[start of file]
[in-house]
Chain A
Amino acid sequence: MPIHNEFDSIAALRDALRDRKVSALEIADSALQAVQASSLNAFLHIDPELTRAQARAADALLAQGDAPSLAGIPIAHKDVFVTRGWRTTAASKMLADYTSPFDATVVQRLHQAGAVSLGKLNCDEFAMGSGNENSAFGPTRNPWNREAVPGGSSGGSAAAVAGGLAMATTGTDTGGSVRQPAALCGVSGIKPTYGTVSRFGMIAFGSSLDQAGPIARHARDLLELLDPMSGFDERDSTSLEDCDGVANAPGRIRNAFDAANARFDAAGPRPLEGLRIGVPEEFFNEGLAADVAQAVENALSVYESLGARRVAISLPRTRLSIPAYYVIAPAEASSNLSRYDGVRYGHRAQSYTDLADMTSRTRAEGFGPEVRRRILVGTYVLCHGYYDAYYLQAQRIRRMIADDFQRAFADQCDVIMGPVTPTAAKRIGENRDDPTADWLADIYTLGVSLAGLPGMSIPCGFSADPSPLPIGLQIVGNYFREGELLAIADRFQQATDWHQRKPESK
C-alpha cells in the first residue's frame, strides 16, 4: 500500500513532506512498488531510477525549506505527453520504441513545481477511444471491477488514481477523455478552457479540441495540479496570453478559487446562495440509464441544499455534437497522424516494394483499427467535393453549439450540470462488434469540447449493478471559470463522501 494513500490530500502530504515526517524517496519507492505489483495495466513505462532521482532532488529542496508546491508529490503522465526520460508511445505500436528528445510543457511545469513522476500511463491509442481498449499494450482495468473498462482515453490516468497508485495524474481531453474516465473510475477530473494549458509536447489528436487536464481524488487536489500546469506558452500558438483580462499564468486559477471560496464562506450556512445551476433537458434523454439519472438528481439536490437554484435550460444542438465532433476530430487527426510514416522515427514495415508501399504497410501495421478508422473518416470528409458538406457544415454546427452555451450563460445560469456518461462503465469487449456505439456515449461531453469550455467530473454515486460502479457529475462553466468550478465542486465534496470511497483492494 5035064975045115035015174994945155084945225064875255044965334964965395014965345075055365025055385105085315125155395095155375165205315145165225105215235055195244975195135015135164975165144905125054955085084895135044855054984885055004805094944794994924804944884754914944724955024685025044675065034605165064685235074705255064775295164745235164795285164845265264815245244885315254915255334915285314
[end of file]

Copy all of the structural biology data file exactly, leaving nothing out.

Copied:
[in-house]
Chain A
Amino acid sequence: MPIHNEFDSIAALRDALRDRKVSALEIADSALQAVQASSLNAFLHIDPELTRAQARAADALLAQGDAPSLAGIPIAHKDVFVTRGWRTTAASKMLADYTSPFDATVVQRLHQAGAVSLGKLNCDEFAMGSGNENSAFGPTRNPWNREAVPGGSSGGSAAAVAGGLAMATTGTDTGGSVRQPAALCGVSGIKPTYGTVSRFGMIAFGSSLDQAGPIARHARDLLELLDPMSGFDERDSTSLEDCDGVANAPGRIRNAFDAANARFDAAGPRPLEGLRIGVPEEFFNEGLAADVAQAVENALSVYESLGARRVAISLPRTRLSIPAYYVIAPAEASSNLSRYDGVRYGHRAQSYTDLADMTSRTRAEGFGPEVRRRILVGTYVLCHGYYDAYYLQAQRIRRMIADDFQRAFADQCDVIMGPVTPTAAKRIGENRDDPTADWLADIYTLGVSLAGLPGMSIPCGFSADPSPLPIGLQIVGNYFREGELLAIADRFQQATDWHQRKPESK
C-alpha cells in the first residue's frame, strides 16, 4: 500500500513532506512498488531510477525549506505527453520504441513545481477511444471491477488514481477523455478552457479540441495540479496570453478559487446562495440509464441544499455534437497522424516494394483499427467535393453549439450540470462488434469540447449493478471559470463522501 494513500490530500502530504515526517524517496519507492505489483495495466513505462532521482532532488529542496508546491508529490503522465526520460508511445505500436528528445510543457511545469513522476500511463491509442481498449499494450482495468473498462482515453490516468497508485495524474481531453474516465473510475477530473494549458509536447489528436487536464481524488487536489500546469506558452500558438483580462499564468486559477471560496464562506450556512445551476433537458434523454439519472438528481439536490437554484435550460444542438465532433476530430487527426510514416522515427514495415508501399504497410501495421478508422473518416470528409458538406457544415454546427452555451450563460445560469456518461462503465469487449456505439456515449461531453469550455467530473454515486460502479457529475462553466468550478465542486465534496470511497483492494 5035064975045115035015174994945155084945225064875255044965334964965395014965345075055365025055385105085315125155395095155375165205315145165225105215235055195244975195135015135164975165144905125054955085084895135044855054984885055004805094944794994924804944884754914944724955024685025044675065034605165064685235074705255064775295164745235164795285164845265264815245244885315254915255334915285314